Cooperative Roles of CTLA-4 and Regulatory T Cells in Tolerance to an Islet Cell Antigen

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Cooperative Roles of CTLA-4 and Regulatory T Cells in Tolerance to an Islet Cell Antigen. / Walker, Lucy; Eggena, M; Nagabhushanam, V; Barron, L; Chodos, A; Abbas, A.

In: The Journal of Experimental Medicine, Vol. 199, 14.06.2004, p. 1725-30.

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Walker, Lucy ; Eggena, M ; Nagabhushanam, V ; Barron, L ; Chodos, A ; Abbas, A. / Cooperative Roles of CTLA-4 and Regulatory T Cells in Tolerance to an Islet Cell Antigen. In: The Journal of Experimental Medicine. 2004 ; Vol. 199. pp. 1725-30.

Bibtex

@article{cf84b94bb89247fd813bb8ea19460c5a,
title = "Cooperative Roles of CTLA-4 and Regulatory T Cells in Tolerance to an Islet Cell Antigen",
abstract = "Adoptive transfer of ovalbumin (OVA)-specific T cells from the DO.11 TCR transgenic mouse on a Rag(-/-) background into mice expressing OVA in pancreatic islet cells induces acute insulitis and diabetes only if endogenous lymphocytes, including regulatory T cells, are removed. When wild-type OVA-specific/Rag(-/-) T cells, which are all CD25(-), are transferred into islet antigen-expressing mice, peripheral immunization with OVA in adjuvant is needed to induce diabetes. In contrast, naive CTLA-4(-/-)/Rag(-/-) OVA-specific T cells (also CD25(-)) develop into Th1 effectors and induce disease upon recognition of the self-antigen alone. These results suggest that CTLA-4 functions to increase the activation threshold of autoreactive T cells, because in its absence self-antigen is sufficient to trigger autoimmunity without peripheral immunization. Further, CTLA-4 and regulatory T cells act cooperatively to maintain tolerance, indicating that the function of CTLA-4 is independent of regulatory cells, and deficiency of both is required to induce pathologic immune responses against the islet self-antigen.",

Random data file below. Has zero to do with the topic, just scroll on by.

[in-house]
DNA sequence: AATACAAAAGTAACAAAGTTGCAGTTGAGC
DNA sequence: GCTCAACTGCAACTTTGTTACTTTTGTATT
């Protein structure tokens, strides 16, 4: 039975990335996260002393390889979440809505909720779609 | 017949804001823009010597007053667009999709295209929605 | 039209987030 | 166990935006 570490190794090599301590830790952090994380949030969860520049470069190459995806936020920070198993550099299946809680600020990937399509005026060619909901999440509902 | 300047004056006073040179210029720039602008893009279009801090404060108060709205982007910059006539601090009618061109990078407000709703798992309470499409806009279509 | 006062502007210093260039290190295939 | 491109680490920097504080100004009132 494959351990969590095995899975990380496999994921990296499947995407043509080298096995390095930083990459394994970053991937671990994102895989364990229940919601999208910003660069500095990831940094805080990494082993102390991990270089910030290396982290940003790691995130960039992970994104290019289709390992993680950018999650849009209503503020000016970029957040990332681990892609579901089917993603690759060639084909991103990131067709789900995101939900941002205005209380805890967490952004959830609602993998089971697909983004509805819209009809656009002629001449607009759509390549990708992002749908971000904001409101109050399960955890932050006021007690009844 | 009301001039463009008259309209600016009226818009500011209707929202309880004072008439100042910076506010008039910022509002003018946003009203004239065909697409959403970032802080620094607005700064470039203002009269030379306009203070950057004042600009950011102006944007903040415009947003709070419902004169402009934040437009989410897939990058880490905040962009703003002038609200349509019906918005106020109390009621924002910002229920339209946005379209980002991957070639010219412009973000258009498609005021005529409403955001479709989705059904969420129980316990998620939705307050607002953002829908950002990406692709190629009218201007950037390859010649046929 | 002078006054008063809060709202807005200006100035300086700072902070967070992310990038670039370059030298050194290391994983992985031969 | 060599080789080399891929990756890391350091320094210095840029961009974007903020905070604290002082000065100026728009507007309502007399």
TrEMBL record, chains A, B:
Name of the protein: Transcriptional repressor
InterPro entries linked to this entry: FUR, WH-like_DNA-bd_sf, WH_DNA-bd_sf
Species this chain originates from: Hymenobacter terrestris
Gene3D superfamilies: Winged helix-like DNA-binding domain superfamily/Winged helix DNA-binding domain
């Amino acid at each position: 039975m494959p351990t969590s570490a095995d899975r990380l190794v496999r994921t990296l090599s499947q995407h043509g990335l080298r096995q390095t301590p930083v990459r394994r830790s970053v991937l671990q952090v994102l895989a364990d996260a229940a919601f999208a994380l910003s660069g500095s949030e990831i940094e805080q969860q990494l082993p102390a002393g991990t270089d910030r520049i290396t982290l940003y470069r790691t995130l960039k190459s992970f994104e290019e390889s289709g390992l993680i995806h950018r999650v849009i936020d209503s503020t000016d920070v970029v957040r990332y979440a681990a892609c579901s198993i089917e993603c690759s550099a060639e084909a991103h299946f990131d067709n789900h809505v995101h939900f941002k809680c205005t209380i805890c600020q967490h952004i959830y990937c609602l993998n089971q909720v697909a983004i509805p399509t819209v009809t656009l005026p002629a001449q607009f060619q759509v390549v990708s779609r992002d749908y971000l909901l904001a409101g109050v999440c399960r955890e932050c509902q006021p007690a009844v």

author = "Lucy Walker and M Eggena and V Nagabhushanam and L Barron and A Chodos and A Abbas",
year = "2004",
month = jun,
day = "14",
doi = "10.1084/jem.20040124",
language = "English",
volume = "199",
pages = "1725--30",
journal = "The Journal of Experimental Medicine",
issn = "0022-1007",
publisher = "Rockefeller University Press",

}

RIS

TY - JOUR

T1 - Cooperative Roles of CTLA-4 and Regulatory T Cells in Tolerance to an Islet Cell Antigen

AU - Walker, Lucy

AU - Eggena, M

AU - Nagabhushanam, V

AU - Barron, L

AU - Chodos, A

AU - Abbas, A

PY - 2004/6/14

Y1 - 2004/6/14

N2 - Adoptive transfer of ovalbumin (OVA)-specific T cells from the DO.11 TCR transgenic mouse on a Rag(-/-) background into mice expressing OVA in pancreatic islet cells induces acute insulitis and diabetes only if endogenous lymphocytes, including regulatory T cells, are removed. When wild-type OVA-specific/Rag(-/-) T cells, which are all CD25(-), are transferred into islet antigen-expressing mice, peripheral immunization with OVA in adjuvant is needed to induce diabetes. In contrast, naive CTLA-4(-/-)/Rag(-/-) OVA-specific T cells (also CD25(-)) develop into Th1 effectors and induce disease upon recognition of the self-antigen alone. These results suggest that CTLA-4 functions to increase the activation threshold of autoreactive T cells, because in its absence self-antigen is sufficient to trigger autoimmunity without peripheral immunization. Further, CTLA-4 and regulatory T cells act cooperatively to maintain tolerance, indicating that the function of CTLA-4 is independent of regulatory cells, and deficiency of both is required to induce pathologic immune responses against the islet self-antigen.

AB - Adoptive transfer of ovalbumin (OVA)-specific T cells from the DO.11 TCR transgenic mouse on a Rag(-/-) background into mice expressing OVA in pancreatic islet cells induces acute insulitis and diabetes only if endogenous lymphocytes, including regulatory T cells, are removed. When wild-type OVA-specific/Rag(-/-) T cells, which are all CD25(-), are transferred into islet antigen-expressing mice, peripheral immunization with OVA in adjuvant is needed to induce diabetes. In contrast, naive CTLA-4(-/-)/Rag(-/-) OVA-specific T cells (also CD25(-)) develop into Th1 effectors and induce disease upon recognition of the self-antigen alone. These results suggest that CTLA-4 functions to increase the activation threshold of autoreactive T cells, because in its absence self-antigen is sufficient to trigger autoimmunity without peripheral immunization. Further, CTLA-4 and regulatory T cells act cooperatively to maintain tolerance, indicating that the function of CTLA-4 is independent of regulatory cells, and deficiency of both is required to induce pathologic immune responses against the islet self-antigen.

UR - http://www.scopus.com/inward/record.url?scp=3042592443&partnerID=8YFLogxK

U2 - 10.1084/jem.20040124

DO - 10.1084/jem.20040124

M3 - Article

C2 - 15210748

VL - 199

SP - 1725

EP - 1730

JO - The Journal of Experimental Medicine

JF - The Journal of Experimental Medicine

SN - 0022-1007

ER -